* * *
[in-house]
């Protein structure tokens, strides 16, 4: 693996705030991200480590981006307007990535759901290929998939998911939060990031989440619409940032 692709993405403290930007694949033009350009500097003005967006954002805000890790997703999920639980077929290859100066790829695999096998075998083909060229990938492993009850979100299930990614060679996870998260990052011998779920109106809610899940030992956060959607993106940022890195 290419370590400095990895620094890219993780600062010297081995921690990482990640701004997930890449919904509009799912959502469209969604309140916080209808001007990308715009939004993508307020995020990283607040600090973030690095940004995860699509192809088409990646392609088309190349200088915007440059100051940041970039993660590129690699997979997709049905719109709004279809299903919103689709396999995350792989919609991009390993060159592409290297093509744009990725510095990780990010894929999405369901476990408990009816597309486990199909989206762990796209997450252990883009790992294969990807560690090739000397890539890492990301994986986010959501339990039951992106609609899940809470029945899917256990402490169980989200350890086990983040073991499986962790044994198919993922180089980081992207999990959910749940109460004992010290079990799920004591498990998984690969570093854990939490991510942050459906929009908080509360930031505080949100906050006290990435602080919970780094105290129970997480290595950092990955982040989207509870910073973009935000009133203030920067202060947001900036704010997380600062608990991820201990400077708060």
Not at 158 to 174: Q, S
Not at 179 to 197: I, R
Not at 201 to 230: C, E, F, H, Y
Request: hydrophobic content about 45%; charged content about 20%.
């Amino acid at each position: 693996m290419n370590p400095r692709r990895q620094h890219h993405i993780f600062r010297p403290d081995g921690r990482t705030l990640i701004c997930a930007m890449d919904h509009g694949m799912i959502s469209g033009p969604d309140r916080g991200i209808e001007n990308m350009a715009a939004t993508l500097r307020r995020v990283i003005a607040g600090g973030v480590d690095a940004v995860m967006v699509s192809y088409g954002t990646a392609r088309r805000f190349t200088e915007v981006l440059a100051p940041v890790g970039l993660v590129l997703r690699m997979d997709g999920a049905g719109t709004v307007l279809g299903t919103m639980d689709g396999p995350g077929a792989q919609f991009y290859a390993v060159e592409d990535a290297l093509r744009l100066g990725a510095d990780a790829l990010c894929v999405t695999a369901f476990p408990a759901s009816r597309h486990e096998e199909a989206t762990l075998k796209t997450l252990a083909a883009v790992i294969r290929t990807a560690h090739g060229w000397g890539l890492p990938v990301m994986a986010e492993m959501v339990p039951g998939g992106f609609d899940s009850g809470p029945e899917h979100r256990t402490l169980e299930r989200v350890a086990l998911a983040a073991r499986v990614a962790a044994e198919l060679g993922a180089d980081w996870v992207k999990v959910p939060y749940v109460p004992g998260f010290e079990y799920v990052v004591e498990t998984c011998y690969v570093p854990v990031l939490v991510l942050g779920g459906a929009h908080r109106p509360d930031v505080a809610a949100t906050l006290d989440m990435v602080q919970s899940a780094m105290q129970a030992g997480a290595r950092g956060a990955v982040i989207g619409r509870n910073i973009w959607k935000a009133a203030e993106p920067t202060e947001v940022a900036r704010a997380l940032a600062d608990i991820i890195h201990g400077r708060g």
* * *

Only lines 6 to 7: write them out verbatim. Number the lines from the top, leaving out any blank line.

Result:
Request: hydrophobic content about 45%; charged content about 20%.
């Amino acid at each position: 693996m290419n370590p400095r692709r990895q620094h890219h993405i993780f600062r010297p403290d081995g921690r990482t705030l990640i701004c997930a930007m890449d919904h509009g694949m799912i959502s469209g033009p969604d309140r916080g991200i209808e001007n990308m350009a715009a939004t993508l500097r307020r995020v990283i003005a607040g600090g973030v480590d690095a940004v995860m967006v699509s192809y088409g954002t990646a392609r088309r805000f190349t200088e915007v981006l440059a100051p940041v890790g970039l993660v590129l997703r690699m997979d997709g999920a049905g719109t709004v307007l279809g299903t919103m639980d689709g396999p995350g077929a792989q919609f991009y290859a390993v060159e592409d990535a290297l093509r744009l100066g990725a510095d990780a790829l990010c894929v999405t695999a369901f476990p408990a759901s009816r597309h486990e096998e199909a989206t762990l075998k796209t997450l252990a083909a883009v790992i294969r290929t990807a560690h090739g060229w000397g890539l890492p990938v990301m994986a986010e492993m959501v339990p039951g998939g992106f609609d899940s009850g809470p029945e899917h979100r256990t402490l169980e299930r989200v350890a086990l998911a983040a073991r499986v990614a962790a044994e198919l060679g993922a180089d980081w996870v992207k999990v959910p939060y749940v109460p004992g998260f010290e079990y799920v990052v004591e498990t998984c011998y690969v570093p854990v990031l939490v991510l942050g779920g459906a929009h908080r109106p509360d930031v505080a809610a949100t906050l006290d989440m990435v602080q919970s899940a780094m105290q129970a030992g997480a290595r950092g956060a990955v982040i989207g619409r509870n910073i973009w959607k935000a009133a203030e993106p920067t202060e947001v940022a900036r704010a997380l940032a600062d608990i991820i890195h201990g400077r708060g």